Old Things That Are Tough To Explain: Research Before The Internet
When my daughter announced that she had a research paper for school, I was expecting an ordeal. I braced myself for hours of whining and complaining and procrastinating. Instead, my daughter pulled out her phone, looked up a bunch of stuff, and was done in 15 minutes.
15 minutes? When I was a student, I was lucky if the trip to the library to get started on my research paper was only 15 minutes.
I’ll give my daughter’s school district credit. They have an online database with a bunch of approved sites, so kids aren’t supposed to just go to Google or Bing and hope for the best. I usually don’t have a problem with Google or Bing (though I know manipulation of key words can be an issue), but I’m an adult and know how to use these tools. I’m glad the school teaches our kids to use other resources.
Still, my daughter doesn’t have have to do any real work for research except read. She doesn’t have to drive 30 miles to a decent library. She doesn’t have to figure out the Dewey Decimal System. She doesn’t have to wait in a line for a librarian to find an old magazine. Even worse, my daughter has never had to deal with microfiche.
Parents are supposed to be happy when their children’s lives are easier than their own, but my daughters should appreciate how stressful research used to be. It was work.
Back when I was a kid (decades ago), we had Encyclopedia Britannicas, but teachers told us not to use them because it was too easy and the information was too vague. Using the local library was okay for basic research like biographies, history, or outdated science stuff, but anything current was nearly impossible to look up.
The library had newspapers, but you had to ask the front desk for the older issues and then wait while they went to the back. The recent periodicals/magazine in the stacks were disorganized and dog-eared with pages torn out. All the good information had already been borrowed/stolen. If you needed specific information that was more than a few years old, you had to use microfiche.
“Microfiche” was a word that was rarely spoken by itself. There was usually a colorful adjective spoken before “microfiche.” It might have been “f*cking microfiche” or “g*dd*mn microfiche” or “piece of sh*t motherf*cking microfiche,” but it was never just “microfiche.”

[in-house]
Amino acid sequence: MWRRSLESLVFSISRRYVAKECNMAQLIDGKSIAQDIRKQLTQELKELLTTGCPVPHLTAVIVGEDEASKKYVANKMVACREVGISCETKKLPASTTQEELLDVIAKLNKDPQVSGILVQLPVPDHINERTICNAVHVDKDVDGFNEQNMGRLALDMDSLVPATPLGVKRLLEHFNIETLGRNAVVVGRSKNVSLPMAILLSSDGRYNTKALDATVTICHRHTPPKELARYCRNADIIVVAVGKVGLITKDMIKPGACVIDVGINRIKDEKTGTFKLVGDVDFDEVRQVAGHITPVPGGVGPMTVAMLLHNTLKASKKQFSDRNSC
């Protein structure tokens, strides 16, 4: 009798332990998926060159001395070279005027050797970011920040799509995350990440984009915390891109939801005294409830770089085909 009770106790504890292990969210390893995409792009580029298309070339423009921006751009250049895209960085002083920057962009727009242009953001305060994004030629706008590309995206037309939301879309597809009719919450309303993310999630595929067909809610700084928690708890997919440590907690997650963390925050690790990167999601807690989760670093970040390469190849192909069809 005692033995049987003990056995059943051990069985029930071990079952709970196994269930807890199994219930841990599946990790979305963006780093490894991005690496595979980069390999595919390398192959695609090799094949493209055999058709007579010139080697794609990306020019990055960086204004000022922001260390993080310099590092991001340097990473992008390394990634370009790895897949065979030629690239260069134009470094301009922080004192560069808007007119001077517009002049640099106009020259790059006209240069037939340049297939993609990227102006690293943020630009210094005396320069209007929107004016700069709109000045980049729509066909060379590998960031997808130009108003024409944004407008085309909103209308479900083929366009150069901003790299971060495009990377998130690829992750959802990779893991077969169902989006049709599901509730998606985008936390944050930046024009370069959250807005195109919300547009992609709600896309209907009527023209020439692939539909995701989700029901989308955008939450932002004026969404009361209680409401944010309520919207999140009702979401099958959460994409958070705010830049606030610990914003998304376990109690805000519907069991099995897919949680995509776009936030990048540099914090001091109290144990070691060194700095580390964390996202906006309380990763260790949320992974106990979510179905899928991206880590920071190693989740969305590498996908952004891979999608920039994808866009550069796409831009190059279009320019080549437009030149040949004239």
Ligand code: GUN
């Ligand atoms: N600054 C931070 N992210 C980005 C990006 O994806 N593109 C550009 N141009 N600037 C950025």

If you don’t know what microfiche are/is, this might help explain it .
Anyway, something always went wrong with microfiche. The microfiche boxes were more disorganized than the periodicals. The articles in the microfiche wouldn’t have the information that the summaries promised. The microfiche was unreadable. I’m sure there were other problems, but I’ve blocked them out. The experience was borderline traumatic.
People who never have had to research using microfiche don’t understand the frustration. If you told the teacher that you tried to research the topic but the microfiche didn’t help, the teacher always acted skeptical. Looking back, I’m guessing that the teachers enjoyed putting us through the experiences because they’d had to go through it too. Either that, or they had never used microfiche and couldn’t comprehend the pitfalls.
I’m convinced there was a hidden camera in the library watching students meltdown at the microfiche machine. There had to be. If I had been working at the library, it’s what I would have done. The footage from that hidden camera probably made being a librarian worth it.
The citations at the end of the essays weren’t the worst part of writing research papers, but they were inconvenient. Titles, authors, dates of publication, all went in different orders depending on whether the source was a book, a newspaper, a magazine article, a speech, or an interview. It was a pain keeping up with all the guidelines, especially since you did the citations last when you were already exhausted from all the research and writing. The citations had to be precise because even if the teachers didn’t read the essays closely, they’d check the citations. Nowadays, the citations are done online.
That’s right. Citations are done online. Almost all information is online. There’s no need for microfiche. I swear, kids today don’t understand how easy they have it.
When the first Star Wars movie came out in the 1970s, a friend of mine thought R2D2 and C3PO were real robots. I told him they weren’t, and we argued back-and-forth for about six weeks. Back then, there was no way to just look it up, so we kept arguing. At some point, we even made a $20 bet (and back then $20 was worth a fortune to a ten-year-old). Finally, some sci-fi magazine came out that interviewed the actors who played R2D2 and C3PO. My friend might argue with me, but he couldn’t argue with a sci-fi magazine.
Before technology made instant research possible, people used to have stupid arguments about simple facts. With technology and instant research, people argue about opinions instead. That should mean we are evolving, but I’m not sure about that. Most opinion arguments now are pretty stupid too.
If you like researching on your phone (or if you like reading anything on your phone), you’ll probably like reading my ebook.